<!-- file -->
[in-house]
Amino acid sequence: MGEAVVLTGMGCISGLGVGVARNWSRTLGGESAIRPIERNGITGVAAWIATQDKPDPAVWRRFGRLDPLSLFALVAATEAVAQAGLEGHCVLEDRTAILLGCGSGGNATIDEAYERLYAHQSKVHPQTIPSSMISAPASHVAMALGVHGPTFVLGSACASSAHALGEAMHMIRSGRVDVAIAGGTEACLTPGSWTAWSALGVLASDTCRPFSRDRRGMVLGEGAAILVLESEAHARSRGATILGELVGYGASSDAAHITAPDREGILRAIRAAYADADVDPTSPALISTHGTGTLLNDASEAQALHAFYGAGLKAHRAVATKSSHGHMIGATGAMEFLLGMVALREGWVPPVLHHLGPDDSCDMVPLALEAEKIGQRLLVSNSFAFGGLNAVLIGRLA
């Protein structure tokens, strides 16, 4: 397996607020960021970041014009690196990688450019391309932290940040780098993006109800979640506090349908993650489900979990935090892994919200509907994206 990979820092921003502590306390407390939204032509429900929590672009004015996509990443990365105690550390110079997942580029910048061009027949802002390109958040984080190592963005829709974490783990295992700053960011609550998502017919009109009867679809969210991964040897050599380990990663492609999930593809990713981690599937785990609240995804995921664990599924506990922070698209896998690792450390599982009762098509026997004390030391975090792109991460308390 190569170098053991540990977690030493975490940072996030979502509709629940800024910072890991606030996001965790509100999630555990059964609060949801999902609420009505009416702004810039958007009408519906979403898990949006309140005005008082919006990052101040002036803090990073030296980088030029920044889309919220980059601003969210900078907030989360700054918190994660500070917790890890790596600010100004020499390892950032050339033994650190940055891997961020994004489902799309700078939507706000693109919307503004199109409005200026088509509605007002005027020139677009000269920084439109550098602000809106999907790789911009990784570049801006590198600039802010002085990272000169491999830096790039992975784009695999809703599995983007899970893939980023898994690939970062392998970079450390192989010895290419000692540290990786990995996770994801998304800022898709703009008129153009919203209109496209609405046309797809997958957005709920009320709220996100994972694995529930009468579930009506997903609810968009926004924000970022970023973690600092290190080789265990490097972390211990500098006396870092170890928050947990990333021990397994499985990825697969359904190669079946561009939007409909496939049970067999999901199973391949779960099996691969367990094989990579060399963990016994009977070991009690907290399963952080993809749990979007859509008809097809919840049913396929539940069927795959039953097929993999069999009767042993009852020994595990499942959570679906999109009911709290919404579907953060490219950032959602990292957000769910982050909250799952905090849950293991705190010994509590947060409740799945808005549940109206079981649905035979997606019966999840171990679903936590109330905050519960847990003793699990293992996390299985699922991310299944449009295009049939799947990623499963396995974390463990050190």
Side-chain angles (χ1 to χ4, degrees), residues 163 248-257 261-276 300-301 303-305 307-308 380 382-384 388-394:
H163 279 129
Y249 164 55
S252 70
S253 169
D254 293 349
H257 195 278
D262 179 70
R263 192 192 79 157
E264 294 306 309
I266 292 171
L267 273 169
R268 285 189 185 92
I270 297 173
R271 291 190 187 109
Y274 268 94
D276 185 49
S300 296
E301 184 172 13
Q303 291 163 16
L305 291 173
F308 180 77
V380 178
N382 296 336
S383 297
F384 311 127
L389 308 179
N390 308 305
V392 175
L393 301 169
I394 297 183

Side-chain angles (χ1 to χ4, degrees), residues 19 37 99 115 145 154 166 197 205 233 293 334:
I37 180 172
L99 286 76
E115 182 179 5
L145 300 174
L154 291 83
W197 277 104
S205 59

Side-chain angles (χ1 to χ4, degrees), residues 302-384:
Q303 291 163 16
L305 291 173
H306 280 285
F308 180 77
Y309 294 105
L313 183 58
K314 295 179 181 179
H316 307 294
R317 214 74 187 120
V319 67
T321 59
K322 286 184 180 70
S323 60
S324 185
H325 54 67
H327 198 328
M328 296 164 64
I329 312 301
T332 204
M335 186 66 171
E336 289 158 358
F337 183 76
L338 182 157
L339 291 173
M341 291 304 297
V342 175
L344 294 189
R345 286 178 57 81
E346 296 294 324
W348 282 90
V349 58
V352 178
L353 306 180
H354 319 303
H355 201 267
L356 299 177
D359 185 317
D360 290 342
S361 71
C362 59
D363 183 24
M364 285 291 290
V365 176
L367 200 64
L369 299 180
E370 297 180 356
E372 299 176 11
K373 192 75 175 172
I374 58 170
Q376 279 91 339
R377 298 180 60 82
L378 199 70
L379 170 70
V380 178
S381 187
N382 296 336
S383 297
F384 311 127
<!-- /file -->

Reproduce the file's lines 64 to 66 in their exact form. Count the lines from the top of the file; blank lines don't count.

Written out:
E336 289 158 358
F337 183 76
L338 182 157